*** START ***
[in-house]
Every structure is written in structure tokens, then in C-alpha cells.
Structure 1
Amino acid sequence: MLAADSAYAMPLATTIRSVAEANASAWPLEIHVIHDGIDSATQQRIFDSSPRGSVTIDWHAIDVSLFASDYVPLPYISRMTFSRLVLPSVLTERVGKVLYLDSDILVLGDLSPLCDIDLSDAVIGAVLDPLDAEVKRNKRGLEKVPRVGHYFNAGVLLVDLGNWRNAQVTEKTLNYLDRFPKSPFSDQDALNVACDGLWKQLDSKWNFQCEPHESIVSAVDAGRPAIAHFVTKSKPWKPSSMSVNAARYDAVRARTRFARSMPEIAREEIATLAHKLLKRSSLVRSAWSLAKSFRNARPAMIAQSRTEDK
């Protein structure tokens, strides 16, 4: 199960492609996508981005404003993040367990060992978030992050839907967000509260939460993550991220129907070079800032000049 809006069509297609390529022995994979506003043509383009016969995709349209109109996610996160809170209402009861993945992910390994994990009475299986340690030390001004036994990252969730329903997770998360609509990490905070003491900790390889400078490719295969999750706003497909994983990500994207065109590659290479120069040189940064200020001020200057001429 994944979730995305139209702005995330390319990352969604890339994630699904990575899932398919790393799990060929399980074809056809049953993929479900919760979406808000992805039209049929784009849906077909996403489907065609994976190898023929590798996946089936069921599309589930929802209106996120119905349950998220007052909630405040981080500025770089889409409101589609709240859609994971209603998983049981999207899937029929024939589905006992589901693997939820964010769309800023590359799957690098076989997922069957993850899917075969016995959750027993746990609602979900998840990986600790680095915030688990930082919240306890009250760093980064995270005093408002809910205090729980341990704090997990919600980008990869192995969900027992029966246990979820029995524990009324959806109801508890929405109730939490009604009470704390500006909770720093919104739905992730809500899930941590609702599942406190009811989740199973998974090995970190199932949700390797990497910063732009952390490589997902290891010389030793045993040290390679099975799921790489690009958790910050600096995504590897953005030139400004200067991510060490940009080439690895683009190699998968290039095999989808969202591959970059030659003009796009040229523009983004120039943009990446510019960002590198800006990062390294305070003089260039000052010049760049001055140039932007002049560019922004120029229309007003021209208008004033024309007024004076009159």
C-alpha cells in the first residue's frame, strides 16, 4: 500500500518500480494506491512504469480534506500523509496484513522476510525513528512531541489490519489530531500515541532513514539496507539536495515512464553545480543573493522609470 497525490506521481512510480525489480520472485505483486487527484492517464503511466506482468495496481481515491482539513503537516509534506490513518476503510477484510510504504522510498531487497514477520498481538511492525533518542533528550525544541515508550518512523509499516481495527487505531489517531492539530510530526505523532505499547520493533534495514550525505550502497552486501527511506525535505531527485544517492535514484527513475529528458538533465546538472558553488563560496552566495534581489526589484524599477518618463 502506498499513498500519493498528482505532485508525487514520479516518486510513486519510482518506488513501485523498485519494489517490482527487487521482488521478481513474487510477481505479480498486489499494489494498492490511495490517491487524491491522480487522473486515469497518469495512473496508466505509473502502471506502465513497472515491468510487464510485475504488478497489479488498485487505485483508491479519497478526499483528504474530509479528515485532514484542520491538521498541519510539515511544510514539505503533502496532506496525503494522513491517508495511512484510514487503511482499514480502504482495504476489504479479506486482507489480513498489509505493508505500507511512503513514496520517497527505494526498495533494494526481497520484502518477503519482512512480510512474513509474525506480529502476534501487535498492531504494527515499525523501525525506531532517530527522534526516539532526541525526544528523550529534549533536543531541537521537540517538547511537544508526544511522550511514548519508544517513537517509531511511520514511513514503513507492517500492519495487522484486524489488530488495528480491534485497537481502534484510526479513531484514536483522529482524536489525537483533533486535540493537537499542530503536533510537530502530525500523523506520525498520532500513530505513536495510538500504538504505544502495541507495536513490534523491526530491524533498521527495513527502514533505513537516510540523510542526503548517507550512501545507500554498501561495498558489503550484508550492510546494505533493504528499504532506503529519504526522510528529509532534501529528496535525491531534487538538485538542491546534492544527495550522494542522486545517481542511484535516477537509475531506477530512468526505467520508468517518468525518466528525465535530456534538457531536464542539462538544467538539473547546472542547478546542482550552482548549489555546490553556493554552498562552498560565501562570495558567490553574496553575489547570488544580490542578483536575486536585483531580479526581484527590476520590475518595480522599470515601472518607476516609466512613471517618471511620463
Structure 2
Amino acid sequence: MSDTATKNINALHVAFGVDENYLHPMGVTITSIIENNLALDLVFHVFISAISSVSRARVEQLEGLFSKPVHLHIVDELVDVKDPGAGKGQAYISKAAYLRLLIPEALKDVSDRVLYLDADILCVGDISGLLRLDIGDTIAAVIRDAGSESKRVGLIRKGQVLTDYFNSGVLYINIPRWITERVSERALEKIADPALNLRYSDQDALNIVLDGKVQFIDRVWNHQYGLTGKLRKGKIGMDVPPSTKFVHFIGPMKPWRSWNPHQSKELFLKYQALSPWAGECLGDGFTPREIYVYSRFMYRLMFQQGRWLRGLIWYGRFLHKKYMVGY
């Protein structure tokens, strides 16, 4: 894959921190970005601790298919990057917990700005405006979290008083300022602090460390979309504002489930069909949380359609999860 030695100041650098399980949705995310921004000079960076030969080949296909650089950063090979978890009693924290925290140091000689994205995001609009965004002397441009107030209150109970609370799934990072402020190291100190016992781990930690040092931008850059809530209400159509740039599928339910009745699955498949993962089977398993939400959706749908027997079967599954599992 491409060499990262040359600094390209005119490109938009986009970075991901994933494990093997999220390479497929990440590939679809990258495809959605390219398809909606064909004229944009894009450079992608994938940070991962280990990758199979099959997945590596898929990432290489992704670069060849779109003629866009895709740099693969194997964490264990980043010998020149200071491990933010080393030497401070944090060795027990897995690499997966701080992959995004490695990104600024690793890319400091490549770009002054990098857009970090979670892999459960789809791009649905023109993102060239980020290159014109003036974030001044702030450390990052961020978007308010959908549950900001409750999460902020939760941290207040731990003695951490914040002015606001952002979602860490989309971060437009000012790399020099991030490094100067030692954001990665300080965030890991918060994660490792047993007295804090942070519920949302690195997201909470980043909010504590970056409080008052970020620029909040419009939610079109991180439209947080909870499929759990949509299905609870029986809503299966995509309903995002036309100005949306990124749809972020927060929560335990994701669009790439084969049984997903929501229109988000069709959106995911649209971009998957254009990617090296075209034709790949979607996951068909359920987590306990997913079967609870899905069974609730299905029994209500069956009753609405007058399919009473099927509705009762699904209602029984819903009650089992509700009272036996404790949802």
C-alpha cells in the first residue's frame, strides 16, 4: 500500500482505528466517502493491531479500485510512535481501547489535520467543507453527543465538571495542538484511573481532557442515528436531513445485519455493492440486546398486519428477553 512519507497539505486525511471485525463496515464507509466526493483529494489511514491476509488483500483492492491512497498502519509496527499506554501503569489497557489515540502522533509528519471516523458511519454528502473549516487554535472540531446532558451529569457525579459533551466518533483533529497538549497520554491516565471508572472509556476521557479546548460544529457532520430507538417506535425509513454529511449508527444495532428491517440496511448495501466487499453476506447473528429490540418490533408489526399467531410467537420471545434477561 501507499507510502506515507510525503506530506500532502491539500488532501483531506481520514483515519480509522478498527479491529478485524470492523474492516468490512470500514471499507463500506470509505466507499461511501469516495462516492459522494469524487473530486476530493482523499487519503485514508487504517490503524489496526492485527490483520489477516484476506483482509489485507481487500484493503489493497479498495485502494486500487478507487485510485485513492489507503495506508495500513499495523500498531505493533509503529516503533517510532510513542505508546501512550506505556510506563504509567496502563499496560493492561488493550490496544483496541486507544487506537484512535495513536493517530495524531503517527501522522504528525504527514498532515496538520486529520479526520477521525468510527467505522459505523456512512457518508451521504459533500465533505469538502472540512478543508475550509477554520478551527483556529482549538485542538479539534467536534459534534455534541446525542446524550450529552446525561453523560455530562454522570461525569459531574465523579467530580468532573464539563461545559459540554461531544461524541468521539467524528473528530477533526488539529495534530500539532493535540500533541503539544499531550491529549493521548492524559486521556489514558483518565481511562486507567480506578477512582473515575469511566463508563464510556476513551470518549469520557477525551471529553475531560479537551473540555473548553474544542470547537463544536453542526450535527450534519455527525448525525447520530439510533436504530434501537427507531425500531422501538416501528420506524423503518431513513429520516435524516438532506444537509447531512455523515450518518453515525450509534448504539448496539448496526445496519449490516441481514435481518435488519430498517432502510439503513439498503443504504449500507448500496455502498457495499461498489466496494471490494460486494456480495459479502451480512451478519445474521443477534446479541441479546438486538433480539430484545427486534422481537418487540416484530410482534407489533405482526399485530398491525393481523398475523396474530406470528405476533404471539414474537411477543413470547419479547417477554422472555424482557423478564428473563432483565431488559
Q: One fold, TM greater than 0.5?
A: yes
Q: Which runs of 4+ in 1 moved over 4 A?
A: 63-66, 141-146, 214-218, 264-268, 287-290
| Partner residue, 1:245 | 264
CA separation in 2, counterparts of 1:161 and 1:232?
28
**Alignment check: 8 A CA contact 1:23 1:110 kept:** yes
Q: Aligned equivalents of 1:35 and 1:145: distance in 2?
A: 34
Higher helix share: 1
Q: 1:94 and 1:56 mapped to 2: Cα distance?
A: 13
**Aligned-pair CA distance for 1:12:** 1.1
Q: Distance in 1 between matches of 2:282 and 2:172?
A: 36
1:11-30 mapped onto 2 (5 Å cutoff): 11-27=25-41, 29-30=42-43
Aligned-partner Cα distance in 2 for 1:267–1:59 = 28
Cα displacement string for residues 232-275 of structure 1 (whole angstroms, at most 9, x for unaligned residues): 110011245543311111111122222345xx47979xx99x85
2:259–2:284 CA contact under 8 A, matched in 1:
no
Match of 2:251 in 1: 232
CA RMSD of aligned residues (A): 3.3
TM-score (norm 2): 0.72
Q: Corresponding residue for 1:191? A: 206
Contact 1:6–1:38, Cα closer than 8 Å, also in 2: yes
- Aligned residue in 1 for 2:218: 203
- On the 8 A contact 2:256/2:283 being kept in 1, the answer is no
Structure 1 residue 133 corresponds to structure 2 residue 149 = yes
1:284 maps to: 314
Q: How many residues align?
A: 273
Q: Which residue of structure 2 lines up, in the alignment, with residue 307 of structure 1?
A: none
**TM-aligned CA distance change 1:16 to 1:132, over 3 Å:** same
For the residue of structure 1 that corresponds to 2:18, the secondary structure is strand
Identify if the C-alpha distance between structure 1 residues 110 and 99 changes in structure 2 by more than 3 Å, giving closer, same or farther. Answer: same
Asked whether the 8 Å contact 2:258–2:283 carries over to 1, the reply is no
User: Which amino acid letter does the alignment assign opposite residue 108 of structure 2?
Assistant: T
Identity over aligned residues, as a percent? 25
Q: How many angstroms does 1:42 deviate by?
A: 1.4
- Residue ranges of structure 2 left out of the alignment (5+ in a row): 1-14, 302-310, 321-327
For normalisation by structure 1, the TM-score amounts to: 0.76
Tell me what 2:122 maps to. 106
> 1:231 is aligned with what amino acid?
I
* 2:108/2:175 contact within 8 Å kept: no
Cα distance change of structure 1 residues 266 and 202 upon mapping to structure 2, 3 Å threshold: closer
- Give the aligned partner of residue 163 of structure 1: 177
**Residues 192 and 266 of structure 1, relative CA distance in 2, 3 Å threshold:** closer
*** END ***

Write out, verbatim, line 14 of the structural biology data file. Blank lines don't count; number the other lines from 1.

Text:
A: 63-66, 141-146, 214-218, 264-268, 287-290